Lilly/Qiagen: Eli Lilly has broadened its relationship with diagnostic developer Qiagen NV by signing a “master collaboration” under which Qiagen will develop companion diagnostics for Lilly medicines across all of the pharma’s therapeutic areas. In what has become a hallmark of deal-making between pharmaceutical manufacturers and diagnostic firms, terms of the arrangement were not disclosed. Lilly and Qiagen are comfortable bed fellows. The two have been partnered on the development of single tests, including a September 2011 partnership to develop a test for Lilly’s clinical-stage Janus kinase 2 inhibitor. Last year, Lilly/Bristol-Myers Squibb Co.’s Erbitux secured approval in newly diagnosed KRAS wild-type metastatic colorectal cancer patients with Qiagen’s companion diagnostic kit for the drug. Work on those tests led to the expanded deal, Qiagen said, announcing the deal Feb. 13. The new partnership will all allow for efficiencies in future development programs by standardizing interfaces and processes between the organizations, the firm said.--Jessica Merrill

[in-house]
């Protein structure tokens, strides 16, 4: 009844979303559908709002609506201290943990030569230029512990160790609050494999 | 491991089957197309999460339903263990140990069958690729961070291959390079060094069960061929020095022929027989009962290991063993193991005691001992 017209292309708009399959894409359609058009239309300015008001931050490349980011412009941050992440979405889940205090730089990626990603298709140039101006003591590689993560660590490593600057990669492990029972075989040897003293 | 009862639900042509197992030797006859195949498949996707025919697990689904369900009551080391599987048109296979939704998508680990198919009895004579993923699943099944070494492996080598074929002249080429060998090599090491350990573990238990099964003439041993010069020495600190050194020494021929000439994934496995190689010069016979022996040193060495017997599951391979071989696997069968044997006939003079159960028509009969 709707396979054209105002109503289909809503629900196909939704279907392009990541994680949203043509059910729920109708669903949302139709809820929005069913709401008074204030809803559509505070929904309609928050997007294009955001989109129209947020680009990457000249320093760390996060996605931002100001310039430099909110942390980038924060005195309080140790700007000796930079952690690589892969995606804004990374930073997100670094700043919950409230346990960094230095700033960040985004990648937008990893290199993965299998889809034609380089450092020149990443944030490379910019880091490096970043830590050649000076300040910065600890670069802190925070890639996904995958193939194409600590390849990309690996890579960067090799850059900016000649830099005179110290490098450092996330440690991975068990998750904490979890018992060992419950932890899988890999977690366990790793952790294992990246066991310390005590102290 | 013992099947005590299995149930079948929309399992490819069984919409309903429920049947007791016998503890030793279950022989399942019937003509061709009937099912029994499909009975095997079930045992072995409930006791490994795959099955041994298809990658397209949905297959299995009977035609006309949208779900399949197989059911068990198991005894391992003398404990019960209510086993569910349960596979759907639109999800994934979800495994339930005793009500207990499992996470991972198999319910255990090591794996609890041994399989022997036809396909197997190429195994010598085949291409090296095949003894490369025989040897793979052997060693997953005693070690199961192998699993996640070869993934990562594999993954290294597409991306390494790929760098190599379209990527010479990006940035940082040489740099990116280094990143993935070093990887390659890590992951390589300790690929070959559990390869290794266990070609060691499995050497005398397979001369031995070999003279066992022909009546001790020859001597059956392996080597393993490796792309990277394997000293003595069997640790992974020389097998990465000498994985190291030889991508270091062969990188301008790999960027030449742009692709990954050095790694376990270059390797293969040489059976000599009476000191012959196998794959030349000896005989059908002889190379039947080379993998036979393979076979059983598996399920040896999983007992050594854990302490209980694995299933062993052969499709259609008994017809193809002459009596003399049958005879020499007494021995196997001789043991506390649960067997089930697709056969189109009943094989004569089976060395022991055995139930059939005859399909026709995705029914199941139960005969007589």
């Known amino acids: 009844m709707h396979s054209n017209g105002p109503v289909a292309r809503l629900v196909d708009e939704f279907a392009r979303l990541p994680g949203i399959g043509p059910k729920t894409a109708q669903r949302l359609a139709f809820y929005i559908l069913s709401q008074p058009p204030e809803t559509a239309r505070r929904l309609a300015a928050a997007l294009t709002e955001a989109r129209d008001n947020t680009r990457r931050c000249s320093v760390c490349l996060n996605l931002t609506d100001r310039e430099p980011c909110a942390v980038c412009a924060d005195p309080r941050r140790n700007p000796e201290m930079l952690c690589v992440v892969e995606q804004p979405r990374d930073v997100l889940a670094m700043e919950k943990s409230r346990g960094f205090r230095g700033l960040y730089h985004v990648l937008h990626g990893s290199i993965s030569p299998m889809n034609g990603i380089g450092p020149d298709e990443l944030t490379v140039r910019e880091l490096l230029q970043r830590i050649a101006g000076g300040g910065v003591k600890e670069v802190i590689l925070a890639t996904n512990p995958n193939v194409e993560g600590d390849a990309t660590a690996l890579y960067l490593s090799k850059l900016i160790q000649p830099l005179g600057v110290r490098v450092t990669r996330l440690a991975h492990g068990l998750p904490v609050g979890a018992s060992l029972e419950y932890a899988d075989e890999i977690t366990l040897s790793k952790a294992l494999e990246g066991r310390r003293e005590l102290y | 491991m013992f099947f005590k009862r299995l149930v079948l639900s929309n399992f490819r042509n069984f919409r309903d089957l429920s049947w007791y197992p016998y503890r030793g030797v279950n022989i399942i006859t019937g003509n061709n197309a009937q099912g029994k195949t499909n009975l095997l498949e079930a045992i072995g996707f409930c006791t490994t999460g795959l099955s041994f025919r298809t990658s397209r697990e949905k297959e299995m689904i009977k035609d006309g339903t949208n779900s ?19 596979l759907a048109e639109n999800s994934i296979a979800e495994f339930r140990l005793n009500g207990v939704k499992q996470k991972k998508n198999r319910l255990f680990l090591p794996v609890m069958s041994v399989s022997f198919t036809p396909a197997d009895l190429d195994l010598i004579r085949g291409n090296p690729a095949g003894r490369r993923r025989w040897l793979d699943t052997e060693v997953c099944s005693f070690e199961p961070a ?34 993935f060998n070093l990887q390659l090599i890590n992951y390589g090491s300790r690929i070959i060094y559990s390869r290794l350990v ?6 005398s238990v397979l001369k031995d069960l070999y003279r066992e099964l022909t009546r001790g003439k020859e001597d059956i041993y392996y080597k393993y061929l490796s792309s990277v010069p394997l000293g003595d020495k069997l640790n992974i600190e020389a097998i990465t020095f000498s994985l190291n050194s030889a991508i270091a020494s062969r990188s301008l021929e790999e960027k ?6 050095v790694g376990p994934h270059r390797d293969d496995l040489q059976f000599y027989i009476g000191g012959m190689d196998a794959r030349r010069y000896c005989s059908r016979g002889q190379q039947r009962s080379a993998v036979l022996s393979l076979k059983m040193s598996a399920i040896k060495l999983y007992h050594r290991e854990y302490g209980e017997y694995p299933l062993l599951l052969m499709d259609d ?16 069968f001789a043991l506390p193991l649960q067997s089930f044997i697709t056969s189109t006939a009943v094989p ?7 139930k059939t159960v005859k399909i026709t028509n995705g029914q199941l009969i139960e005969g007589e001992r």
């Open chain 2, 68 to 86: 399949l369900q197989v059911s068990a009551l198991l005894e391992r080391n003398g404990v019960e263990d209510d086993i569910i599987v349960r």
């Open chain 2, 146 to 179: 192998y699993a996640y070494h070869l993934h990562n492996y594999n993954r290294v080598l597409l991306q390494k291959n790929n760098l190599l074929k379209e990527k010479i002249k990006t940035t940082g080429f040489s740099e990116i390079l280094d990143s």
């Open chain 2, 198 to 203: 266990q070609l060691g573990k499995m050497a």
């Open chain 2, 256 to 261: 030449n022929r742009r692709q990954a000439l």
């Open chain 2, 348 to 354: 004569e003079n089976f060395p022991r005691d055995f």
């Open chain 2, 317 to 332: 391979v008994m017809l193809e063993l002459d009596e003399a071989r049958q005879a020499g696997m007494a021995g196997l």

MorphoSys/Heptares: In a bid to develop more G-protein coupled receptor (GPCR)-targeted monoclonal antibodies, German drug discovery company MorphoSys is to use Heptares' stabilized GPCRs as targets to screen its Ylanthia monoclonal antibody library, in a deal announced Feb. 13. AstraZeneca, Takeda, and Cubist Pharmaceuticals have already licensed Heptares' technology to use in their drug discovery programs. GPCRs are the site of action of more than 25-30% of marketed small-molecule drugs, but they've never been a popular target for monoclonal antibodies. That's because the receptors are unstable when taken out of membranes and difficult to use as antigens to produce antibodies when injected into animals. The only marketed monoclonal antibody that interacts with a GPCR is Kyowa Hakko Kirin's Poteligeo, which is indicated for adult T-cell leukemia-lymphoma and which was launched in Japan in  May 2012. It binds to chemokine receptor 4 (CCR4). MorphoSys will propose GPCR targets, which will then be generated by U.K.-based Heptares and used to screen MorphoSys' Ylanthia monoclonal antibody library. MorphoSys will have the right to sublicense to pharmaceutical companies the identified targets and therapeutic antibody candidates, with Heptares receiving upfront and research funding payments, plus a share of those sublicense revenues. Heptares, which is building up its own pipeline, will also select a GPCR target of its own against which to screen MorphoSys's Ylanthia library. MorphoSys will receive license fees, milestones and sales royalties on any Ylanthia antibody developed by Heptares as a result of that work.--John Davis